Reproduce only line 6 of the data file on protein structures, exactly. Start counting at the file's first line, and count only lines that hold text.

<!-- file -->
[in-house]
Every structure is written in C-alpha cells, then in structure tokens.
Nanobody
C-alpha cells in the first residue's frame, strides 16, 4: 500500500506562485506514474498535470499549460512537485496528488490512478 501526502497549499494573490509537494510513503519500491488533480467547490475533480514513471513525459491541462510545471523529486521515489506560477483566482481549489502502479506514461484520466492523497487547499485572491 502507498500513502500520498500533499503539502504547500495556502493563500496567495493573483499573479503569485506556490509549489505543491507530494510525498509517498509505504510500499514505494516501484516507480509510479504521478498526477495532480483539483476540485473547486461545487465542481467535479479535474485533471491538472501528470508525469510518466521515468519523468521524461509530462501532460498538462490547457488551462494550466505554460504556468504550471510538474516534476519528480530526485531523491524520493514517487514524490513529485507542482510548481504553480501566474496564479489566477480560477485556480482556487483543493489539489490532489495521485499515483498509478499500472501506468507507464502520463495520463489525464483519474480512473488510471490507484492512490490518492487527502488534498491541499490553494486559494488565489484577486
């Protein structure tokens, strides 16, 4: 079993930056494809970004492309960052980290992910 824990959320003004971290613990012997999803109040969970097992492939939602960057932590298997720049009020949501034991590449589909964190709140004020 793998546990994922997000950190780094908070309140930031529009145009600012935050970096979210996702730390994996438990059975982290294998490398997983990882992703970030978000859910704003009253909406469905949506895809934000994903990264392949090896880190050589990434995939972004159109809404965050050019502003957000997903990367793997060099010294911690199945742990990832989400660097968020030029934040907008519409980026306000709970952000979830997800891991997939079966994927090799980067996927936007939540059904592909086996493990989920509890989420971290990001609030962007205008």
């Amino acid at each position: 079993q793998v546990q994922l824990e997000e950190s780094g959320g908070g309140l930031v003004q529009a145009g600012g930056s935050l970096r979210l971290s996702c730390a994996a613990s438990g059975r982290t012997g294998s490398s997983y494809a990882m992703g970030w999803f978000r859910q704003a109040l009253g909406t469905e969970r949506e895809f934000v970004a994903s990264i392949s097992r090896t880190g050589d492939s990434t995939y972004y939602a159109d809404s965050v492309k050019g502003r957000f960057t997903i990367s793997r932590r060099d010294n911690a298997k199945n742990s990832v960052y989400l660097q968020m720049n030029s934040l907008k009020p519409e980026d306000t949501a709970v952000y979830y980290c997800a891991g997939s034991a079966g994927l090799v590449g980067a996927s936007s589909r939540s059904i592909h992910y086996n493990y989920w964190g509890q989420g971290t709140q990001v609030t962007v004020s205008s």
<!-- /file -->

């Amino acid at each position: 079993q793998v546990q994922l824990e997000e950190s780094g959320g908070g309140l930031v003004q529009a145009g600012g930056s935050l970096r979210l971290s996702c730390a994996a613990s438990g059975r982290t012997g294998s490398s997983y494809a990882m992703g970030w999803f978000r859910q704003a109040l009253g909406t469905e969970r949506e895809f934000v970004a994903s990264i392949s097992r090896t880190g050589d492939s990434t995939y972004y939602a159109d809404s965050v492309k050019g502003r957000f960057t997903i990367s793997r932590r060099d010294n911690a298997k199945n742990s990832v960052y989400l660097q968020m720049n030029s934040l907008k009020p519409e980026d306000t949501a709970v952000y979830y980290c997800a891991g997939s034991a079966g994927l090799v590449g980067a996927s936007s589909r939540s059904i592909h992910y086996n493990y989920w964190g509890q989420g971290t709140q990001v609030t962007v004020s205008s």